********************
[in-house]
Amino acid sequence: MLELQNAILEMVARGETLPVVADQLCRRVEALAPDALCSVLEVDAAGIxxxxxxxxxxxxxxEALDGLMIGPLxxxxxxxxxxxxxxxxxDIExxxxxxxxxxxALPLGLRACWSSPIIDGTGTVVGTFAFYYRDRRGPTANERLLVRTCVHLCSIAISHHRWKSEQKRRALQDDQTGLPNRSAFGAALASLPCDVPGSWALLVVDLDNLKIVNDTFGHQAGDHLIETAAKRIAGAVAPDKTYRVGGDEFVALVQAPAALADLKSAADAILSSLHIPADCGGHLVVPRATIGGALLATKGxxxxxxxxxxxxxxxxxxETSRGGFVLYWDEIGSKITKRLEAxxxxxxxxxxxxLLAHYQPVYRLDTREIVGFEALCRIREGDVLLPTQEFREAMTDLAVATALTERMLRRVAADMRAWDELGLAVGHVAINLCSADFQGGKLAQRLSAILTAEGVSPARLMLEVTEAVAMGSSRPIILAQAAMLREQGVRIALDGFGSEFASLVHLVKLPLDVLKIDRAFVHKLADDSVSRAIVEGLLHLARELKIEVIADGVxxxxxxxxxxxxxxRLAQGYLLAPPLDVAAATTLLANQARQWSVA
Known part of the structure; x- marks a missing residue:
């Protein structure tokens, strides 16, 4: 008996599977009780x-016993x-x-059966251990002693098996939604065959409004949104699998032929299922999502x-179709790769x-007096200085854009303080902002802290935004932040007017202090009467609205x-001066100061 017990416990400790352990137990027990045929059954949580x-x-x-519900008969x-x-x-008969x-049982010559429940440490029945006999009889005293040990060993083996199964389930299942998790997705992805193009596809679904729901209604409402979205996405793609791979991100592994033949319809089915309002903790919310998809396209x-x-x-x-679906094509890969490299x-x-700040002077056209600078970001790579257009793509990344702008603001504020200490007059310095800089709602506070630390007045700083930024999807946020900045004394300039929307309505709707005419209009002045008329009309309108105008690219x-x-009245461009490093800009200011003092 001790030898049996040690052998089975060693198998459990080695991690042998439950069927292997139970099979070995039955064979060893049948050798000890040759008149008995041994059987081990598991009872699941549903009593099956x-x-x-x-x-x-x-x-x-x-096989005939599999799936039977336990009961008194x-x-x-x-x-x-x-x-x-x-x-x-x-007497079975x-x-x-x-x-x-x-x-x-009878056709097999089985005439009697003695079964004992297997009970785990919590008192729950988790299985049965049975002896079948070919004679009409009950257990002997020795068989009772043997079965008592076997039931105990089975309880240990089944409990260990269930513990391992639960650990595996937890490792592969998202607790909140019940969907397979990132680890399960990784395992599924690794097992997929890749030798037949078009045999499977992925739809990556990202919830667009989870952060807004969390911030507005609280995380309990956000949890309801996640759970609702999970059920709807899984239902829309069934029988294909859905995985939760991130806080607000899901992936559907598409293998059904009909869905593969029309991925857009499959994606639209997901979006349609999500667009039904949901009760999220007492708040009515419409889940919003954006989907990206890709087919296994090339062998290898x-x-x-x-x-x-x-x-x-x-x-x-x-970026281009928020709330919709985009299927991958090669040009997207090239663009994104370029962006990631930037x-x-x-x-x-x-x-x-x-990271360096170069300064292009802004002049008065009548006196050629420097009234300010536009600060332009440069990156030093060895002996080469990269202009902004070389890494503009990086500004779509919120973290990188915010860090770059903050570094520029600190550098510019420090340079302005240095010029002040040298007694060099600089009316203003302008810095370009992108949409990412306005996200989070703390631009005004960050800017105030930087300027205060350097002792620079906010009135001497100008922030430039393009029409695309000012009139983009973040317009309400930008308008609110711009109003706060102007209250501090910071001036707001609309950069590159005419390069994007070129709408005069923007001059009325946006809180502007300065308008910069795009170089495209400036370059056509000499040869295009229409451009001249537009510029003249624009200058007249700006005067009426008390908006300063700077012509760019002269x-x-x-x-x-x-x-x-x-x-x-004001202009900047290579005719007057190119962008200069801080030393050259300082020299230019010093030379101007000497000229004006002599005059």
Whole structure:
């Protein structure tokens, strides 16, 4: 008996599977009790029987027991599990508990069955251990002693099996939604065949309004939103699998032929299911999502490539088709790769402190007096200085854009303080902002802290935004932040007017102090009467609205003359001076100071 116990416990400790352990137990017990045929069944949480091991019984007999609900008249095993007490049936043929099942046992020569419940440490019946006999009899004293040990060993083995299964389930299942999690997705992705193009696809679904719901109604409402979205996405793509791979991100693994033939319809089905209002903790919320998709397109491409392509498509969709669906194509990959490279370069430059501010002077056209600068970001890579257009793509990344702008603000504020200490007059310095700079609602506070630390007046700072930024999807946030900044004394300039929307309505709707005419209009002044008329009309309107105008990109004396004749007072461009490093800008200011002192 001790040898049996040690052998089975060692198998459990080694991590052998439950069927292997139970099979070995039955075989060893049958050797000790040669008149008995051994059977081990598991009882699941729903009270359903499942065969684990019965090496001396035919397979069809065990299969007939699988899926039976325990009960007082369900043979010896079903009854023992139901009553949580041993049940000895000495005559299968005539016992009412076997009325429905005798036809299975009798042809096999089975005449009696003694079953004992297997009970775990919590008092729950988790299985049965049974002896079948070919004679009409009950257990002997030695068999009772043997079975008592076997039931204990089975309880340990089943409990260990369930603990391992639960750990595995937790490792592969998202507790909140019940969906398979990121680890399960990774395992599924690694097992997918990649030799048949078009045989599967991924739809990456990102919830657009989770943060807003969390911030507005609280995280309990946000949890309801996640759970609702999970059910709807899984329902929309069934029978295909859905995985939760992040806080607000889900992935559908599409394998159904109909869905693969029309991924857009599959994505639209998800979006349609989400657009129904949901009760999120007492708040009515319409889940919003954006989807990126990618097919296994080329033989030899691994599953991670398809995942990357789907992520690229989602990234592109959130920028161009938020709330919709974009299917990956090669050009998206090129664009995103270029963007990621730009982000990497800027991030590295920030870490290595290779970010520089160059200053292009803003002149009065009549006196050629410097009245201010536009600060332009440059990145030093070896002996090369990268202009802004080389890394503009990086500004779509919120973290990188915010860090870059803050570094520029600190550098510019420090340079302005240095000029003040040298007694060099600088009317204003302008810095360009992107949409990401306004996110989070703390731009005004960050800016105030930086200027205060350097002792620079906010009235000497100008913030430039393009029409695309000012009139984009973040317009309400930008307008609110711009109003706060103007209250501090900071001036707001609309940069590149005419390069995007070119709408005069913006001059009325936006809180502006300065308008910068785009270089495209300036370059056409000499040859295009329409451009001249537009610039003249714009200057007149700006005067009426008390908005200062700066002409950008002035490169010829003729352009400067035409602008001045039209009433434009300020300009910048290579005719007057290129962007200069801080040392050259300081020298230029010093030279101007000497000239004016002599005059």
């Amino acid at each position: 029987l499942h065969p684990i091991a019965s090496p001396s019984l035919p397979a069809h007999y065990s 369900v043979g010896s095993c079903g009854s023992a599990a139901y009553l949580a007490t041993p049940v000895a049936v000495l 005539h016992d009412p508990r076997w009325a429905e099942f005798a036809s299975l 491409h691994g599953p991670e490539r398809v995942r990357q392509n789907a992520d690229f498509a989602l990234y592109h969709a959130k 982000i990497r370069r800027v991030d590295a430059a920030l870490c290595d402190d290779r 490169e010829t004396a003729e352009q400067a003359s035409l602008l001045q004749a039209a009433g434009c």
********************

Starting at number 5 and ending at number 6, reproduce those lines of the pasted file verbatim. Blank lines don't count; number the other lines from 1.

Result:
Whole structure:
């Protein structure tokens, strides 16, 4: 008996599977009790029987027991599990508990069955251990002693099996939604065949309004939103699998032929299911999502490539088709790769402190007096200085854009303080902002802290935004932040007017102090009467609205003359001076100071 116990416990400790352990137990017990045929069944949480091991019984007999609900008249095993007490049936043929099942046992020569419940440490019946006999009899004293040990060993083995299964389930299942999690997705992705193009696809679904719901109604409402979205996405793509791979991100693994033939319809089905209002903790919320998709397109491409392509498509969709669906194509990959490279370069430059501010002077056209600068970001890579257009793509990344702008603000504020200490007059310095700079609602506070630390007046700072930024999807946030900044004394300039929307309505709707005419209009002044008329009309309107105008990109004396004749007072461009490093800008200011002192 001790040898049996040690052998089975060692198998459990080694991590052998439950069927292997139970099979070995039955075989060893049958050797000790040669008149008995051994059977081990598991009882699941729903009270359903499942065969684990019965090496001396035919397979069809065990299969007939699988899926039976325990009960007082369900043979010896079903009854023992139901009553949580041993049940000895000495005559299968005539016992009412076997009325429905005798036809299975009798042809096999089975005449009696003694079953004992297997009970775990919590008092729950988790299985049965049974002896079948070919004679009409009950257990002997030695068999009772043997079975008592076997039931204990089975309880340990089943409990260990369930603990391992639960750990595995937790490792592969998202507790909140019940969906398979990121680890399960990774395992599924690694097992997918990649030799048949078009045989599967991924739809990456990102919830657009989770943060807003969390911030507005609280995280309990946000949890309801996640759970609702999970059910709807899984329902929309069934029978295909859905995985939760992040806080607000889900992935559908599409394998159904109909869905693969029309991924857009599959994505639209998800979006349609989400657009129904949901009760999120007492708040009515319409889940919003954006989807990126990618097919296994080329033989030899691994599953991670398809995942990357789907992520690229989602990234592109959130920028161009938020709330919709974009299917990956090669050009998206090129664009995103270029963007990621730009982000990497800027991030590295920030870490290595290779970010520089160059200053292009803003002149009065009549006196050629410097009245201010536009600060332009440059990145030093070896002996090369990268202009802004080389890394503009990086500004779509919120973290990188915010860090870059803050570094520029600190550098510019420090340079302005240095000029003040040298007694060099600088009317204003302008810095360009992107949409990401306004996110989070703390731009005004960050800016105030930086200027205060350097002792620079906010009235000497100008913030430039393009029409695309000012009139984009973040317009309400930008307008609110711009109003706060103007209250501090900071001036707001609309940069590149005419390069995007070119709408005069913006001059009325936006809180502006300065308008910068785009270089495209300036370059056409000499040859295009329409451009001249537009610039003249714009200057007149700006005067009426008390908005200062700066002409950008002035490169010829003729352009400067035409602008001045039209009433434009300020300009910048290579005719007057290129962007200069801080040392050259300081020298230029010093030279101007000497000239004016002599005059």